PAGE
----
Research In Action—Anecdotal reports suggest barge traffic may increase angler success on rivers, but no scientific studies had been done to verify this phenomenon. The Missouri Department of Conservation evaluated the effects of barge traffic on catfish angler success in a section of the Mississippi River from Grand Tower, Illinois, to Cape Girardeau, Missouri. Catch rates were recorded for anglers fishing from anchored boats and from the bank as barges approached and passed their fishing location. Catch rates also were recorded during times of no barge traffic.

About 300 catfish (channels, blues, and flatheads) were caught during 250 angler hours, a catch rate of 1.2 fish per hour. Despite barge traffic only accounting for about 30 angler hours, more than half the total catch occurred during barge traffic (5.4 fish per hour).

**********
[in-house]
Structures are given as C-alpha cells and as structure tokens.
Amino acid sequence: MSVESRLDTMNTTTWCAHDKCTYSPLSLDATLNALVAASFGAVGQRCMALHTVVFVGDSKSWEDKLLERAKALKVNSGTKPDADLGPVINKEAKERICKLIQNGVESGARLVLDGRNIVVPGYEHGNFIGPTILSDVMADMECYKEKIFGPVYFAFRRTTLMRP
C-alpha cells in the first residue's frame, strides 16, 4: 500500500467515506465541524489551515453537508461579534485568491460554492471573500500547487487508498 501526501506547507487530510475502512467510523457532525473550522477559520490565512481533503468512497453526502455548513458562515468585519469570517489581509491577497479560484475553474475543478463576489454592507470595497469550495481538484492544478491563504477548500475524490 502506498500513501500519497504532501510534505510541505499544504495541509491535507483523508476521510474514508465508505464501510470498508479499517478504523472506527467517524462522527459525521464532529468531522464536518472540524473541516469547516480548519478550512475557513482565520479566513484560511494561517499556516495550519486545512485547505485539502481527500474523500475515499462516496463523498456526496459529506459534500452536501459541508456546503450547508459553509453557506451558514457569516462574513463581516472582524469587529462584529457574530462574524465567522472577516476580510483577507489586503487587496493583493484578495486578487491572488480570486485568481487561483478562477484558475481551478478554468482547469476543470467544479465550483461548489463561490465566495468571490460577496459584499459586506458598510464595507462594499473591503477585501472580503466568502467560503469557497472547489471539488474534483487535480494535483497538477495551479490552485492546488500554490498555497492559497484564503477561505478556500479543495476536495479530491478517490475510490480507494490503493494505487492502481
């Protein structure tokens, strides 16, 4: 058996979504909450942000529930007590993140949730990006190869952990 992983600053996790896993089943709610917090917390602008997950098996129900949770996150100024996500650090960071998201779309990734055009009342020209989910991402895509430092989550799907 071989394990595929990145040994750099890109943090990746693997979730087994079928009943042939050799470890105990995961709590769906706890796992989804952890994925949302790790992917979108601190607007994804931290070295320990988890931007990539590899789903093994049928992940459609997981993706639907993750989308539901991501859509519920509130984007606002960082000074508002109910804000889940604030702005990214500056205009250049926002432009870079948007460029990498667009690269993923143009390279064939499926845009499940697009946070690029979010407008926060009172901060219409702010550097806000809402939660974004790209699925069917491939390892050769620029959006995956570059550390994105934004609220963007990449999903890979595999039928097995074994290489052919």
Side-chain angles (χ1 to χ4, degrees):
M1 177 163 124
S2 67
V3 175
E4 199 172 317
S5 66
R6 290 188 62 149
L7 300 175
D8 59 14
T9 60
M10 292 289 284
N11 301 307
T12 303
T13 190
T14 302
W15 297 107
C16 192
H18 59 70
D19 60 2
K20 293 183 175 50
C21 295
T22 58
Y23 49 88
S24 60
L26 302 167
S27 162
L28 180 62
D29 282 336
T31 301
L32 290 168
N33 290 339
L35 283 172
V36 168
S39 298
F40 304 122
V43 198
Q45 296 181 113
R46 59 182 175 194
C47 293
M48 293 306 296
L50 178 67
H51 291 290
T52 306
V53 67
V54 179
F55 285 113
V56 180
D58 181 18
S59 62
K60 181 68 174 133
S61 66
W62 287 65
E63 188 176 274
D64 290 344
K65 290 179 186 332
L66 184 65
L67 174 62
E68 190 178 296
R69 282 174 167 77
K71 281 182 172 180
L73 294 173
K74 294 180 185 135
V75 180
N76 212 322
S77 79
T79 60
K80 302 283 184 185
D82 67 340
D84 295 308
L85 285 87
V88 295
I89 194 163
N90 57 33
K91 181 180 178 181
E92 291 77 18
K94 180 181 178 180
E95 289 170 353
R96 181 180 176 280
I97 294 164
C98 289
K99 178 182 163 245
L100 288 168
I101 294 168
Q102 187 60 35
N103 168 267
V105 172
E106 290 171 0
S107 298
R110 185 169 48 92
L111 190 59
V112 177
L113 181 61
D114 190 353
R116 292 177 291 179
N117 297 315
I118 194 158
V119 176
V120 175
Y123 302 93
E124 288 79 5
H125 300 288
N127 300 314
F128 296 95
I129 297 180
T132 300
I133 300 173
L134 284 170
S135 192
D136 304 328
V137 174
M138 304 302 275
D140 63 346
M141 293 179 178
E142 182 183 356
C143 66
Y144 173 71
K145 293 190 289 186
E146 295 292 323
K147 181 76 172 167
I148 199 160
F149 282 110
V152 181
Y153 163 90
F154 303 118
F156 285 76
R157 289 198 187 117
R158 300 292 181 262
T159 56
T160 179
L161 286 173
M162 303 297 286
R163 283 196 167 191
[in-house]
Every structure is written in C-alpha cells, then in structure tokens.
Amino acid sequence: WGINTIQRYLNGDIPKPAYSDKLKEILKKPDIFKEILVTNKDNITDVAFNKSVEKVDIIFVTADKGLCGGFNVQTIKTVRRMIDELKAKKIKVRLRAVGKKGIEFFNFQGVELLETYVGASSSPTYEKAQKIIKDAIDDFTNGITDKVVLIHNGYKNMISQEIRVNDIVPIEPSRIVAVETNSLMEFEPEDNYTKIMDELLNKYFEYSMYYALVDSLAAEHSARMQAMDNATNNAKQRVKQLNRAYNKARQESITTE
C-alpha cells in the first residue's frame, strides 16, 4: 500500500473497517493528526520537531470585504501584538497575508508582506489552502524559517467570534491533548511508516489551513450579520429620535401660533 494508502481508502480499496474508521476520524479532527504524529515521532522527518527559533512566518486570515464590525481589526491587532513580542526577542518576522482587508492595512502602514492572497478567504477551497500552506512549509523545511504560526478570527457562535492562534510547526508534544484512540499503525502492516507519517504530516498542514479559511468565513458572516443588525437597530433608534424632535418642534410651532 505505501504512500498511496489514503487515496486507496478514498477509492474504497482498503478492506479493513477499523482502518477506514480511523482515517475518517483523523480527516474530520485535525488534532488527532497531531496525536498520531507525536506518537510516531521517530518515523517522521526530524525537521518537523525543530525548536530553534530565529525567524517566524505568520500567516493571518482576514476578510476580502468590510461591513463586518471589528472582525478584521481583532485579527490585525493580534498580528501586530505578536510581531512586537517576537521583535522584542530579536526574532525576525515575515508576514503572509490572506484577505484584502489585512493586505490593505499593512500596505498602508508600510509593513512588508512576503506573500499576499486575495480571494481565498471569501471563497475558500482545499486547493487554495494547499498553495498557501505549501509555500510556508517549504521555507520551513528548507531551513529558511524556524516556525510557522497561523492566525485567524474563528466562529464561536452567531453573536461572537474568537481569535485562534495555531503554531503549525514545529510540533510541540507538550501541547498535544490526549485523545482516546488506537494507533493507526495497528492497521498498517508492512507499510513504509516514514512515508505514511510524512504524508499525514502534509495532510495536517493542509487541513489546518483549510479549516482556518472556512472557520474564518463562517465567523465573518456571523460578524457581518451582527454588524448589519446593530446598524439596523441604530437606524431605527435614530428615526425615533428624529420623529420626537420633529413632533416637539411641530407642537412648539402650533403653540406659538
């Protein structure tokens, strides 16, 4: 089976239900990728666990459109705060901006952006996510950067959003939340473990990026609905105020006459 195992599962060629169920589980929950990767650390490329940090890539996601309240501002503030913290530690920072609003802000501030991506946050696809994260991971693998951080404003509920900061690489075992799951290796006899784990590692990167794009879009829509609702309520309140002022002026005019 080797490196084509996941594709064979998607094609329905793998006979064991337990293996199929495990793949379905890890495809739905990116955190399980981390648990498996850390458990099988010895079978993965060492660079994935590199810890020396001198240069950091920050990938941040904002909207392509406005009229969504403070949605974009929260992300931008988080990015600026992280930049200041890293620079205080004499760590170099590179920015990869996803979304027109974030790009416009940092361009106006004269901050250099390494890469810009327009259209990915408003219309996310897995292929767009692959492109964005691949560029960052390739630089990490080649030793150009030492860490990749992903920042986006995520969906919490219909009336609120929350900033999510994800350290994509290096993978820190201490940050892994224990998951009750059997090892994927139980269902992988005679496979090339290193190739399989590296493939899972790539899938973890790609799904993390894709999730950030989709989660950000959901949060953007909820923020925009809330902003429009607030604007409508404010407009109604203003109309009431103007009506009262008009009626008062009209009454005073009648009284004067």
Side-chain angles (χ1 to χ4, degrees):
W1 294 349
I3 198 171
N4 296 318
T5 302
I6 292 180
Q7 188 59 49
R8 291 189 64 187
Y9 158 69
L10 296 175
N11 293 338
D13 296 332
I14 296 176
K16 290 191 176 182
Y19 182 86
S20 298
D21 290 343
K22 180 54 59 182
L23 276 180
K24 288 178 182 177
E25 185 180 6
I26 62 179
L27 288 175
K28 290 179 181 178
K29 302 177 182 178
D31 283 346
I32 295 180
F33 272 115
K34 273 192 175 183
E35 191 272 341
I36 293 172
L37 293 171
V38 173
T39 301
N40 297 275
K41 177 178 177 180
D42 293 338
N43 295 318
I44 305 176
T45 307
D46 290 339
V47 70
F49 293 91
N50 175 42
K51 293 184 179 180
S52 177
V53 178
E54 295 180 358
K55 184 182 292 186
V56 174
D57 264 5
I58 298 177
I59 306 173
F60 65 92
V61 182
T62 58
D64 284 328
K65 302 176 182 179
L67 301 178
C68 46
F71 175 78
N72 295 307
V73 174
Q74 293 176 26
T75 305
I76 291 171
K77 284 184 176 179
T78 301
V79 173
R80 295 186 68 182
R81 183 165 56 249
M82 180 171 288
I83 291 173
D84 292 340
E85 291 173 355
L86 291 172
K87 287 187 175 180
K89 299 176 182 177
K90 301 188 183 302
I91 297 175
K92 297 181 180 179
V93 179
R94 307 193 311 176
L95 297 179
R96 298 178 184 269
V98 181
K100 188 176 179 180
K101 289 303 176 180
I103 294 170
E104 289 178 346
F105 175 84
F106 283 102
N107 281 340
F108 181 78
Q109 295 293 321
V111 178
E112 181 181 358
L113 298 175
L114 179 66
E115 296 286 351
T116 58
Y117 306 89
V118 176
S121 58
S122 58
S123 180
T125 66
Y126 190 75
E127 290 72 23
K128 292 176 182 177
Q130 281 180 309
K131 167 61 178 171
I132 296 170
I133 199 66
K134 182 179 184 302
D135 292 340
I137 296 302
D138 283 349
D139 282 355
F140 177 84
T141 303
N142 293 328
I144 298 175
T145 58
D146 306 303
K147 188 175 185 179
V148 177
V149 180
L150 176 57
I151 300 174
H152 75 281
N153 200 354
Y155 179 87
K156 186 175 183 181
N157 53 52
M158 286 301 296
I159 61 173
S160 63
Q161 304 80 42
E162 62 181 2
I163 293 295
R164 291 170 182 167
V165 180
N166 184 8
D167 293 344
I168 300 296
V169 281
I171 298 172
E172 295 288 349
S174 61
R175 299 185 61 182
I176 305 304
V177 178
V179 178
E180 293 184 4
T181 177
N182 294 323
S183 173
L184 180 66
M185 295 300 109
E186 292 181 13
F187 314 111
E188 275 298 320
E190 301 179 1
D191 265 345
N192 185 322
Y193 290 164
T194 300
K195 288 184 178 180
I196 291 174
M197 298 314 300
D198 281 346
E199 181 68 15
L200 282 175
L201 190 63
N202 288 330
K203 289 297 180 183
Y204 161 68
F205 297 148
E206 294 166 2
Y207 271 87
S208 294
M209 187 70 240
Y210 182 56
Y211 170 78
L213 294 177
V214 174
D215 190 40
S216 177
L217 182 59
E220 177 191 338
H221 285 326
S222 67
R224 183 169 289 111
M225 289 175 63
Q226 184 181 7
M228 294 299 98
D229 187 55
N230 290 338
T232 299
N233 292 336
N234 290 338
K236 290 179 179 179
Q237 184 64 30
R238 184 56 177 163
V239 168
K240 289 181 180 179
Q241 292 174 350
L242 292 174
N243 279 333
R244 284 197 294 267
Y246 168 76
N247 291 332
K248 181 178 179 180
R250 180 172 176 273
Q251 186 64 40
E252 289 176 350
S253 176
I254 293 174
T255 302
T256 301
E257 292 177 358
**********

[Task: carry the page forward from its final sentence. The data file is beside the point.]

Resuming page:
The higher catch rates in the presence of barge traffic may be a learned behavior related to acoustic transfer of sound such as barge motor noise, cavitation, and splashing of water on the hull of the barge, coupled with water displacement.  Acoustic transfer may act as a “dinner bell,” as water displacement may cause a temporary increase in drifting benthic insects and disoriented baitfish, leading to increased feeding activity and higher catfish catch rates.

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